- There are many good gluten-free pasta brands available, but know that not all types or brands are good for every recipe. Some are better for cold salads, and some for hot dishes. Experiment to find the one you like the best. And, most importantly, ALWAYS follow the cooking instructions. Gluten-free pasta needs more water to cook than regular pasta and is much less forgiving when you over or under cook it. Check out my video about the best pasta for cold salads here.
- In my opinion, gluten-free sweets are the easiest to replace. Sugar seems to cover up any flavor issues in gluten-free sweets. Texture sometimes can be a problem though as some store-bought sweets can be too dry, too wet, crumbly, or gummy. Many of the gluten-free cookies available are crunchy and not chewy and if you like chewy cookies, you may be disappointed. Most of the frozen gluten-free pie crusts are fairly good and will make a delicious pie. Pamela’s, Krusteaz, and Bob’s Red Mill offer mixes for cakes, muffins, and more. All are pretty good.
- For pancakes and waffles, many companies offer gluten-free mixes that are quite good. You will need to experiment with them to find the one you love the most. And frozen gluten-free waffles are readily available.
- Soy sauce is made from a wheat starter so you will need to buy gluten-free soy sauce, or gluten-free Tamari sauce, which is very similar to soy sauce. And, know that nearly every bottled Asian sauce will contain gluten. However, there are a handful of companies creating gluten-free versions of hoisin, oyster, teriyaki, and more.
- Twizzlers contain gluten, but M&Ms and so many other candy bars do not. Always check the label when buying candy, though.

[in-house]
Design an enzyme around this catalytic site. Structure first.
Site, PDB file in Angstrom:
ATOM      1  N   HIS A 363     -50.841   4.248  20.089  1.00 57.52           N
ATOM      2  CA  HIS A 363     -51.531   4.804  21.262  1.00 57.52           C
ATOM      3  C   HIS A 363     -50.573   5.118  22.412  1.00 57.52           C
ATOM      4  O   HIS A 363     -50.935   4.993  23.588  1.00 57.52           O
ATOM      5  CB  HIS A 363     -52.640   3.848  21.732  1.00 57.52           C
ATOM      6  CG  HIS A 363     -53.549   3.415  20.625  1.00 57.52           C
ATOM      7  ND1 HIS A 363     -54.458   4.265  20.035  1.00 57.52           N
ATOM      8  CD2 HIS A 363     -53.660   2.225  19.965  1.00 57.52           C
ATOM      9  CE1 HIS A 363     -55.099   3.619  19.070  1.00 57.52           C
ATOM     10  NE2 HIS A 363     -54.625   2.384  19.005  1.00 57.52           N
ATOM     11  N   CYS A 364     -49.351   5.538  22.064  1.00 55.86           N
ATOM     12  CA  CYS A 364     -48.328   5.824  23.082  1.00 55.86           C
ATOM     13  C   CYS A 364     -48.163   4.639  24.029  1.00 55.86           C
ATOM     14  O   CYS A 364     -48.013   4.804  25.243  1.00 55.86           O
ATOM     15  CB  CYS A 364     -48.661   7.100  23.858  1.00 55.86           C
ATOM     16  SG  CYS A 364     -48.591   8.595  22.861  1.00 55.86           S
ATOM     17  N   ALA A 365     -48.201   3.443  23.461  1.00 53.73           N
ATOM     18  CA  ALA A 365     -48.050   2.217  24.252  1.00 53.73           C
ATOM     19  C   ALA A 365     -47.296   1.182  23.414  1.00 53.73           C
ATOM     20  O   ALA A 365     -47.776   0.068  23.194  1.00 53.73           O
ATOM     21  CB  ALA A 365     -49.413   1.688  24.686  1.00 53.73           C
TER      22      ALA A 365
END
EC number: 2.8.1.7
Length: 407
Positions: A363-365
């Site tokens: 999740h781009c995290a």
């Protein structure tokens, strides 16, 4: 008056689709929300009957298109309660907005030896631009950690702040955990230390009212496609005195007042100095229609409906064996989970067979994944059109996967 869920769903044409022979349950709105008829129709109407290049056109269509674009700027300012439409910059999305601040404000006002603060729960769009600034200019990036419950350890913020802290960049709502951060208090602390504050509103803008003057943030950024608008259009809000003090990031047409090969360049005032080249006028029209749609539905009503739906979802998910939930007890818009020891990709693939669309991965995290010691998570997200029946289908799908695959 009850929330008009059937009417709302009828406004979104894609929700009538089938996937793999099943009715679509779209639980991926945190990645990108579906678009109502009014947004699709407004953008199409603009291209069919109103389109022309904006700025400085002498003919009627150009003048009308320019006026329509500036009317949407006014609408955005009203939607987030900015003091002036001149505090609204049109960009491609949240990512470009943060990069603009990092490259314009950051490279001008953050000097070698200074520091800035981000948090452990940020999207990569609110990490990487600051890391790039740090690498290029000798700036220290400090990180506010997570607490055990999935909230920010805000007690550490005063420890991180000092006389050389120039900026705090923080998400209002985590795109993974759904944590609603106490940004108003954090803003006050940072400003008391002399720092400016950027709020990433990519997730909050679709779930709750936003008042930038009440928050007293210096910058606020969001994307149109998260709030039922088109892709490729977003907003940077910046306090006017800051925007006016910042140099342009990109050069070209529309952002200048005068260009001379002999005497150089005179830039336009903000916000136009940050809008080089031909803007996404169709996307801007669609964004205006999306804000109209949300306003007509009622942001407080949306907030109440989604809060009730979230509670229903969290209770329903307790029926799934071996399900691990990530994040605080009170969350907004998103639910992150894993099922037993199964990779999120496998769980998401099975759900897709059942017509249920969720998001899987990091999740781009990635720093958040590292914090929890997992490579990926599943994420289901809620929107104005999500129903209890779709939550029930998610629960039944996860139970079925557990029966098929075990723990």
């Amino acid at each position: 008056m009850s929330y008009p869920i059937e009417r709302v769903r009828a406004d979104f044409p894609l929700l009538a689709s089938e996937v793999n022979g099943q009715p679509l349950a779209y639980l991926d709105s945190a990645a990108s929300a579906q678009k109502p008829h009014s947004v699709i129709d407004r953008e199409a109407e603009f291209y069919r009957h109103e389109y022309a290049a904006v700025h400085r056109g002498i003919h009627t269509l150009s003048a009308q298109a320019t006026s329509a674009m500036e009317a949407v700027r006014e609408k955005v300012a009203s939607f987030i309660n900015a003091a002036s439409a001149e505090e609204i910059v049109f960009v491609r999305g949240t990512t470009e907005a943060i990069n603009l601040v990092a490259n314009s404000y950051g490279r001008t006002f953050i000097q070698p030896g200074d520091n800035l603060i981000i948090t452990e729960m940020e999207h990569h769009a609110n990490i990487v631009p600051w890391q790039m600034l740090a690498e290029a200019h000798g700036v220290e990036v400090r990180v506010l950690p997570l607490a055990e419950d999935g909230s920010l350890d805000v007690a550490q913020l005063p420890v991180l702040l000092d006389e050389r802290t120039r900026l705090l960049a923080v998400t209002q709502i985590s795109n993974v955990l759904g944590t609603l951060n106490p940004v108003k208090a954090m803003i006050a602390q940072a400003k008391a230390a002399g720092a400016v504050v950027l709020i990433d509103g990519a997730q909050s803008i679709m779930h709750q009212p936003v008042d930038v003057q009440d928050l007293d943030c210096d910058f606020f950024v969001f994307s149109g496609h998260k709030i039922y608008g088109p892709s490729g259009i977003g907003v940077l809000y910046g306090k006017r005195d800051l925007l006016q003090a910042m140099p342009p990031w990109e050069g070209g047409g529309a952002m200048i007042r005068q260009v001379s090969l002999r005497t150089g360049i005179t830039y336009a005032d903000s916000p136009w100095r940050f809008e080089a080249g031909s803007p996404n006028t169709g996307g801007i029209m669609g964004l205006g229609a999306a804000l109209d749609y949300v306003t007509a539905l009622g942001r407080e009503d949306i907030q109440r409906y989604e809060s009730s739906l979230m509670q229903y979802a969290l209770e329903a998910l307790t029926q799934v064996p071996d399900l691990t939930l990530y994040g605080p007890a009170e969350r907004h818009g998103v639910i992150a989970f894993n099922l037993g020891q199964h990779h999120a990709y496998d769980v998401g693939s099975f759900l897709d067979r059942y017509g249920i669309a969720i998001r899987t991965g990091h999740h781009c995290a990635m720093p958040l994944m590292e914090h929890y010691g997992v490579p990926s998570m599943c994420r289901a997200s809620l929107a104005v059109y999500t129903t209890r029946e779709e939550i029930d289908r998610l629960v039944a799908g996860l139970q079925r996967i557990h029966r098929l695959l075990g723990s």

- Oreos make a gluten-free version. Chex cereal, except for the wheat version is gluten-free.
- Always read labels to check for gluten. Never assume gluten is not in there. I check for the bold allergen statement first to see if wheat is listed. If so, I move on. If not, I then check to see if the product is labeled GF or gluten-free. If so, I know it is safe. If not, even though the allergen statement does not contain wheat, I am suspect and move on. And, I always avoid a product that states “produced in a facility that also processes wheat,” or something similar.
When will I move out of Stage One?
Stage One is tough to maintain long-term. Buying replacement foods is expensive and you may not want to, or be able to, keep doing that for long. Gluten-free replacement brands come and go and it’s frustrating when one of your favorite products is no longer available.
Using replacement foods as a primary component in your daily food life also keeps you from branching out and eating a more varied diet. This can lead to boredom and frustration and possibly cause you to give up your gluten-free eating.
Eventually, sometime on your journey, you will start to want more. Different foods, different flavors, and more variety. Your body, your mind, and your emotions will tell you when you’re ready to move away from Stage One eating. And, here’s the tell-tale sign: the thought of cooking more and eating fewer replacement foods doesn’t scare you or seem overwhelming like it used to.
In my next blog, I will break down how to navigate Stage Two and begin adding more food variety into your life.
discover. cook. enjoy.